By Khalid Zerai
NANGARHAR -- Defying militant threats and other barriers to economic independence, Afghan women are working hard to create job opportunities for themselves and others.
"Thousands of women are busy working in handicrafts in Nangarhar Province, and the level has increased remarkably as compared to the past," Sher Alam Amlawal, director of Nangarhar's Department of Trade and Industries, told Salaam Times.
The department is ready to provide assistance to women in business and industry, he said, adding, "We will leave no stone unturned in this area."
As many as 100 women in Nangarhar have registered as owners of small and large businesses, many of whom hired other women, Manizha Wafeq, chairwoman of the Afghanistan Women Chamber of Commerce and Industry, said February 20 at the opening of the chamber's provincial office in Jalalabad.
While educational and work opportunities have improved for women in Afghanistan, few have created as many opportunities for others as has Nazia, a 28-year-old resident of Khewa District, Nangarhar Province.
Nazia holds a class on tailoring at her home twice a day, in the morning and afternoon, teaching 16 students in each class. She provides her students with jobs once they complete the course.
"Ten years ago, an organisation gave me a sewing machine," she told Salaam Times. "I learned how to sew cloth with that machine, and then I started to think about other girls too."
"I have trained 50 girls and women of my village in tailoring and embroidery over the past three years," she said. "I train them for a period of six months, and when they complete the programme, they work from their homes."
Shopkeepers give orders to Nazia and her students, who then sew items per customers' specifications.
"We give orders to Nazia and to many other women," Sayed Mohammad Rahim, a shopkeeper in Jalalabad who sells traditional cloth, told Salaam Times. "We receive orders from others, and then we buy material for them and they sew it for us, so it is lucrative for us and them."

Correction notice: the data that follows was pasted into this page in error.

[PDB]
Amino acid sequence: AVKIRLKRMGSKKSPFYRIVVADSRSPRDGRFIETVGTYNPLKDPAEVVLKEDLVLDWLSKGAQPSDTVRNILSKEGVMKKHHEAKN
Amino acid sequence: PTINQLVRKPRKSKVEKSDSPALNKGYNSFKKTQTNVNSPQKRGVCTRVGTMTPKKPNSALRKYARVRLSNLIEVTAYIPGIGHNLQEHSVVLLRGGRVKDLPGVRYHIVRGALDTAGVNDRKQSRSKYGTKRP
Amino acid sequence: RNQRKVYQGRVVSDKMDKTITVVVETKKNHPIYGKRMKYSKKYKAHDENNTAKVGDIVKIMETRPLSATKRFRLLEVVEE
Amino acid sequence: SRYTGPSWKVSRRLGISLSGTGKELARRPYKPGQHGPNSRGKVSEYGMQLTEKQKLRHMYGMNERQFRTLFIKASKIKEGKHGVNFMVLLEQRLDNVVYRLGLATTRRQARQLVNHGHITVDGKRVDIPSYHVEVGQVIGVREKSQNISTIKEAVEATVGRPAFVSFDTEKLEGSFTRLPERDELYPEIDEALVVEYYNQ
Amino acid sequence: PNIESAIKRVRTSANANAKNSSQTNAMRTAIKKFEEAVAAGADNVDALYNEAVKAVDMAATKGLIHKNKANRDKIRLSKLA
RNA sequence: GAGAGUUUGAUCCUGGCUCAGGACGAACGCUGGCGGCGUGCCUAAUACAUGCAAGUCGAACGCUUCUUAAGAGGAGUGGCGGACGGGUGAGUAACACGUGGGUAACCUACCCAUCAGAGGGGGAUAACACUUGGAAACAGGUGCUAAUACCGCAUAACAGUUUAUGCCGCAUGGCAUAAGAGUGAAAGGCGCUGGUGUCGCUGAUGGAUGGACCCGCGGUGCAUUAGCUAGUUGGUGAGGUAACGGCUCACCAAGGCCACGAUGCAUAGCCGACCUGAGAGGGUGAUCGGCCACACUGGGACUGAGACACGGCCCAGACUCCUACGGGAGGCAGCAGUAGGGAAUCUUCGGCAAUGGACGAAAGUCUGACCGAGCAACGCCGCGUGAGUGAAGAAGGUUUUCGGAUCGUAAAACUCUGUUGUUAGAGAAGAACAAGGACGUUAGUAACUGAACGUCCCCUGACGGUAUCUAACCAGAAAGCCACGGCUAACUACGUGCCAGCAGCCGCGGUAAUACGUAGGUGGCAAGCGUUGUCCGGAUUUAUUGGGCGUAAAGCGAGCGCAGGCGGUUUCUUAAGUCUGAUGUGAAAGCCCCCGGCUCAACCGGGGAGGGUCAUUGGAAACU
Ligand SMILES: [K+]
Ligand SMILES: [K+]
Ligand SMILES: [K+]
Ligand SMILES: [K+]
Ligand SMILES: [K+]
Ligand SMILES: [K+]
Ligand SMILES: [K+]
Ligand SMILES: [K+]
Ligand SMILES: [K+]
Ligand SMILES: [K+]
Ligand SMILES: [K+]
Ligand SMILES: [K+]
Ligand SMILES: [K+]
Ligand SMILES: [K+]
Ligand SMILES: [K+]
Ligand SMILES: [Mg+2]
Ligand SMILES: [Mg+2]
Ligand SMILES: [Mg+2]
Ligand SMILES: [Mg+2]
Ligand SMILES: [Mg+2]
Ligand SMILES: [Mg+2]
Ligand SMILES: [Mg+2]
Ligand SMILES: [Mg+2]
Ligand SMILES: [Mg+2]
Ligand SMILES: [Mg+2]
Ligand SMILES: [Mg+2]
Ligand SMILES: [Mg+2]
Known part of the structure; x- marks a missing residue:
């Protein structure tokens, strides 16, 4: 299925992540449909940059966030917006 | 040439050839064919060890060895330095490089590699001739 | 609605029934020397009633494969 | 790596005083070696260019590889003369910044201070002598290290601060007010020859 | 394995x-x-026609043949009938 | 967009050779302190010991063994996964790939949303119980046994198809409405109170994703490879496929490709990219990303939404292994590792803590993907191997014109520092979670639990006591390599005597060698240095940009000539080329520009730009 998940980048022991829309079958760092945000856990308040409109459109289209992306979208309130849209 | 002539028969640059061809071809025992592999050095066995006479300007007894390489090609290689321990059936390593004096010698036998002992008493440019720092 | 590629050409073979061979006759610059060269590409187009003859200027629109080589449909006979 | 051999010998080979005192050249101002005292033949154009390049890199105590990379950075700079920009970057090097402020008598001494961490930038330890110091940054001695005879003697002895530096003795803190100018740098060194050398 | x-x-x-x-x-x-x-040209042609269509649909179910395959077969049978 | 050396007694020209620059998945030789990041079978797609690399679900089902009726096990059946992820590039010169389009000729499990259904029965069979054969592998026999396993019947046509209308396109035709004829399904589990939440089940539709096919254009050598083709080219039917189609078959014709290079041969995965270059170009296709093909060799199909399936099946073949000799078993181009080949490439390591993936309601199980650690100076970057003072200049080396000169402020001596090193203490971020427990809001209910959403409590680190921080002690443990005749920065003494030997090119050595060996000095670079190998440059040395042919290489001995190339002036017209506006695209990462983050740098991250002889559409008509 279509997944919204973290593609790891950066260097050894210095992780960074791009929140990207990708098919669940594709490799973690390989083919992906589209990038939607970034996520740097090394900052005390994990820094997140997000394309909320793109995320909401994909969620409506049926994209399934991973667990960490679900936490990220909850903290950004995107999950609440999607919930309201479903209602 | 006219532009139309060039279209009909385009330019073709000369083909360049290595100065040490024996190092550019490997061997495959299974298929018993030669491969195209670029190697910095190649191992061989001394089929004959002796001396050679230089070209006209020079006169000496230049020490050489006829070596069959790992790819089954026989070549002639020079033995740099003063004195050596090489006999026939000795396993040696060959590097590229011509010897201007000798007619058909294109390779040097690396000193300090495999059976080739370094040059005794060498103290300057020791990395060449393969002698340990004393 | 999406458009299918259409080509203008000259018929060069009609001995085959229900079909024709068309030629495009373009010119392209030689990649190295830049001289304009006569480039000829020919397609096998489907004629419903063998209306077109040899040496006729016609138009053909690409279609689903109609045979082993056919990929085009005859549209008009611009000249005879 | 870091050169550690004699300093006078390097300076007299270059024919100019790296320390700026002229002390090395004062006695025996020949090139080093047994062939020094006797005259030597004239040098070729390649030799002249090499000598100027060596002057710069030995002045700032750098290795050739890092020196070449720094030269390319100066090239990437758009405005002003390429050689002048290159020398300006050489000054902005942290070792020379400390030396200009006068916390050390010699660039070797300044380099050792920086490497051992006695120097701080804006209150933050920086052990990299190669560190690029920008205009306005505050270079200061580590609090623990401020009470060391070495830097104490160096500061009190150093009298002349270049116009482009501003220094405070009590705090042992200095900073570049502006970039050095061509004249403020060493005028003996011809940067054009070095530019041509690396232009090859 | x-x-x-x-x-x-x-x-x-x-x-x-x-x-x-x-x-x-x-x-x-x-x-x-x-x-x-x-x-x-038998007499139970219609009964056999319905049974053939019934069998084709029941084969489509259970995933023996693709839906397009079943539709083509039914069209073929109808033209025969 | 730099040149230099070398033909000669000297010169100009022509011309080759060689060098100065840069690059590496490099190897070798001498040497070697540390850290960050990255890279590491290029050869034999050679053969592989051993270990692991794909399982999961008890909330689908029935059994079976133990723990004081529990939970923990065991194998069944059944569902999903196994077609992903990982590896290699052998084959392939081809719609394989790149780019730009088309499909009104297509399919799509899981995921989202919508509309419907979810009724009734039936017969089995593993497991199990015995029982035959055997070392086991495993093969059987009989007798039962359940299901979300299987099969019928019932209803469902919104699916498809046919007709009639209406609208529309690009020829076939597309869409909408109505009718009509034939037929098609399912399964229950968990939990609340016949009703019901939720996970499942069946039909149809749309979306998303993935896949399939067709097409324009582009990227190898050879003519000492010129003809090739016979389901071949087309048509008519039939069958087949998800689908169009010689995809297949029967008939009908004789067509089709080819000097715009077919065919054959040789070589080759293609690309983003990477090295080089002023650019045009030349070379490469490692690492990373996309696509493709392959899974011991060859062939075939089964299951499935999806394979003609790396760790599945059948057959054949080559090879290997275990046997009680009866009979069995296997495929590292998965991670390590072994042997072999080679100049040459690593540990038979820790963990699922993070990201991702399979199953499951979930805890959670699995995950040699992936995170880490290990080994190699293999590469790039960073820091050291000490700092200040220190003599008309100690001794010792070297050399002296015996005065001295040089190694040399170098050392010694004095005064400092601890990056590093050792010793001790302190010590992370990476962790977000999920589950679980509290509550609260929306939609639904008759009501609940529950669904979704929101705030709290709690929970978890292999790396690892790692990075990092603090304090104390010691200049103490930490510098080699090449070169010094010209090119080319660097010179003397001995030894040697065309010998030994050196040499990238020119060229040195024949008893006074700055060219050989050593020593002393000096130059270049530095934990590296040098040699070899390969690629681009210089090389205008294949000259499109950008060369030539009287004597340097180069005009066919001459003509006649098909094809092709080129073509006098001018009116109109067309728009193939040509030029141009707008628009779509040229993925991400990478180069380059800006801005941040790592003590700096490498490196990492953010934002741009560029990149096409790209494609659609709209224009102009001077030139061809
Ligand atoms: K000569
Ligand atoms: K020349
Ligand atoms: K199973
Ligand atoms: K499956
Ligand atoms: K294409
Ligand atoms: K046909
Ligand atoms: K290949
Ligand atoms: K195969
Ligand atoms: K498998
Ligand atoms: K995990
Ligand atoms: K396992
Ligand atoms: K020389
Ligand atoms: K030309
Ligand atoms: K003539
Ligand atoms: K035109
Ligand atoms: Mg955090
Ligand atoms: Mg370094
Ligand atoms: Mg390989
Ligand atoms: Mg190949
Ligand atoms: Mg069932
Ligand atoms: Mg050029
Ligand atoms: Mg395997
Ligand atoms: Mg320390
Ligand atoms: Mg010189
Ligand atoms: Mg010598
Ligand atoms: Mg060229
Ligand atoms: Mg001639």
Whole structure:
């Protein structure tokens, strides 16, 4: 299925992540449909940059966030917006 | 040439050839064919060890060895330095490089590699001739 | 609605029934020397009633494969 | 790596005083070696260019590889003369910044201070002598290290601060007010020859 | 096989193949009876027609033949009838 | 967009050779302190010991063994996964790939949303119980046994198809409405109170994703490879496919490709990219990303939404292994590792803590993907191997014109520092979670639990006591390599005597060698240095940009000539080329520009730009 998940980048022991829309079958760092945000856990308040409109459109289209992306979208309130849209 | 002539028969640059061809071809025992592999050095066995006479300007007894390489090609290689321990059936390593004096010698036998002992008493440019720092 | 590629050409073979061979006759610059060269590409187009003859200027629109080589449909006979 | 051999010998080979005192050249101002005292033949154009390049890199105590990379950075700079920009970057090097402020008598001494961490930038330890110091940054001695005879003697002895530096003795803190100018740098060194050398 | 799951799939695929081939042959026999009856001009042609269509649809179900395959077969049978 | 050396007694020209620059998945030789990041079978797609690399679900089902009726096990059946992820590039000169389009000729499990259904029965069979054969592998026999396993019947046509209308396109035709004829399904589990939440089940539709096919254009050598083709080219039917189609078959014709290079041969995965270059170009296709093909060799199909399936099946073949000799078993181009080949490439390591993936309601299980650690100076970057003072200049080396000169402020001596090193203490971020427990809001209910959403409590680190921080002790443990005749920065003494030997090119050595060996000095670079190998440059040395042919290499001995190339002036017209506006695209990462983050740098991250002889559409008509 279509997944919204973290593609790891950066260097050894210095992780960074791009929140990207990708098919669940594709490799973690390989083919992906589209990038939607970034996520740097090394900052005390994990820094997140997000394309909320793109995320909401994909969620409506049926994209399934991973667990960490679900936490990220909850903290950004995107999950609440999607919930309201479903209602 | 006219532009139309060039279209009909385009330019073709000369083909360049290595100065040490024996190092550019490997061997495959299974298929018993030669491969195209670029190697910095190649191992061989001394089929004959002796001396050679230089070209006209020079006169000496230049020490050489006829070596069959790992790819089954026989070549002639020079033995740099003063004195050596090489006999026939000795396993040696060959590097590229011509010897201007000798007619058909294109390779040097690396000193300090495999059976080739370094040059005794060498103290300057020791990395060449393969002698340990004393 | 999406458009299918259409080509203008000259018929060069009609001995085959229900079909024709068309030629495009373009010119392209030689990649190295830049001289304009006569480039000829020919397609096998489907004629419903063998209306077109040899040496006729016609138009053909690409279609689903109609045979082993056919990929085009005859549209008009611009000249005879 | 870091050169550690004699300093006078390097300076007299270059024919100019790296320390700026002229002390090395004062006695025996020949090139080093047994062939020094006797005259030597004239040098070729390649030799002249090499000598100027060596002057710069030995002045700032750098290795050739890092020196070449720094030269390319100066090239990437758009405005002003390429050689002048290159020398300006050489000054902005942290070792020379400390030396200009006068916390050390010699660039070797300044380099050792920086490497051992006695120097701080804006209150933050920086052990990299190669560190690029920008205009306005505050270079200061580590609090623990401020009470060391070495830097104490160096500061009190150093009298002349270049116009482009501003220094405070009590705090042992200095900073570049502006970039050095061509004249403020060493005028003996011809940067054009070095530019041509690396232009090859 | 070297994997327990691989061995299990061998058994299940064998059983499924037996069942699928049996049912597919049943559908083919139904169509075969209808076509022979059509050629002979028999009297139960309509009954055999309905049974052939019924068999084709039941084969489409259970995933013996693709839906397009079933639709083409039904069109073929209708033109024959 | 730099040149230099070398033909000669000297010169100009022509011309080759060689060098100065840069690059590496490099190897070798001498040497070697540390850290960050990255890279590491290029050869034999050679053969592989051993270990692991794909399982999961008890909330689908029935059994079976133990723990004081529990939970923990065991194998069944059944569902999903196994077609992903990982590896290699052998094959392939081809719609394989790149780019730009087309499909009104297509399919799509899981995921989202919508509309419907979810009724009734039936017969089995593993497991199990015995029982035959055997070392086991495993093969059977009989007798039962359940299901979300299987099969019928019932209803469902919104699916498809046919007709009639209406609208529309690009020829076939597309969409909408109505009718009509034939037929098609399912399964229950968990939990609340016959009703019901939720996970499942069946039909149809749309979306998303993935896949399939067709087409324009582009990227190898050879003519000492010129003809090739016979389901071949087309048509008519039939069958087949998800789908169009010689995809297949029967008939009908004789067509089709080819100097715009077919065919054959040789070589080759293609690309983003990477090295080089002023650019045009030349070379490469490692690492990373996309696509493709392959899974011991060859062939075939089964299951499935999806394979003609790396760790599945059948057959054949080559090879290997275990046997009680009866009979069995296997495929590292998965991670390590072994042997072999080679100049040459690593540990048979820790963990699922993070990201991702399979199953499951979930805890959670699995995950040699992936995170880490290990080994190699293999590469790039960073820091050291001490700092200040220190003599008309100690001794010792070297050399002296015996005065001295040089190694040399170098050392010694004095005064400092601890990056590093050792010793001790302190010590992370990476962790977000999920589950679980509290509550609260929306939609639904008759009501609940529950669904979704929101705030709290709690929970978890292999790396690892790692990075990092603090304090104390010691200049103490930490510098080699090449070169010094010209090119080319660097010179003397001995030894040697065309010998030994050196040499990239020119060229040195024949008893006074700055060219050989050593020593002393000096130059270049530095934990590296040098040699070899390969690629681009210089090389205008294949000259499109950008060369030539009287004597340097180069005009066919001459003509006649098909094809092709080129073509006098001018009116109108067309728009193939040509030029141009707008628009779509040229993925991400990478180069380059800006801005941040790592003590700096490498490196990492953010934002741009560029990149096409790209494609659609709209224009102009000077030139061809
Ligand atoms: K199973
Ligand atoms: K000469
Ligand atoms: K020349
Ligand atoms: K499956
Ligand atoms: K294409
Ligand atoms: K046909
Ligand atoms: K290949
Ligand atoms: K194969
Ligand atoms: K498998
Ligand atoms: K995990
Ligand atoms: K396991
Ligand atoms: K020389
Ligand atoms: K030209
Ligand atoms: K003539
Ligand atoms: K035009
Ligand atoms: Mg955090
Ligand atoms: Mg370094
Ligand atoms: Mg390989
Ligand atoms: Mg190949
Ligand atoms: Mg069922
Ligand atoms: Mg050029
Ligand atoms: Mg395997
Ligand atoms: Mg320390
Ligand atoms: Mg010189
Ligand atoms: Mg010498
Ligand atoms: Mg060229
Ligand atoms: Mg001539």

Everybody benefits from the arrangement, according to Nazia.
Nazia requires her tailoring students to enroll in school.
"There are many misfortunes here, and the residents were not sending their daughters to school," she said, adding that in the seventh grade she hid her backpack from her brothers and went to school.
With great difficulty Nazia obtained her education, after which she studied to be a midwife for two years.
"I have experienced these difficulties, and now when someone comes to learn tailoring, I first tell their family that the girl should attend school too," Nazia said.
"Now [those parents] accept the condition that I set, and they send their daughters to school," she said, vowing, "I will continue my struggle."
One of Nazia's students, Maria, 25, said she is grateful for the opportunity to learn sewing and tailoring.
Maria said her father was mentally ill and her mother baked bread for other villagers to support the family. Sometimes the villagers would give them food and money, she said.
"Then Nazia came to my mother and told her 'your daughter will learn to work with me and your life will improve'," Maria told Salaam Times while sewing a new dress. "Now I have learned how to sew. I work, and I make an honest living. I am very happy."
Maria, who previously stopped going to school, now wants to resume her studies.
"I have studied up to grade six, and I would like to enter grade seven now," she said. "My mother has also agreed with me, and I will attend school."
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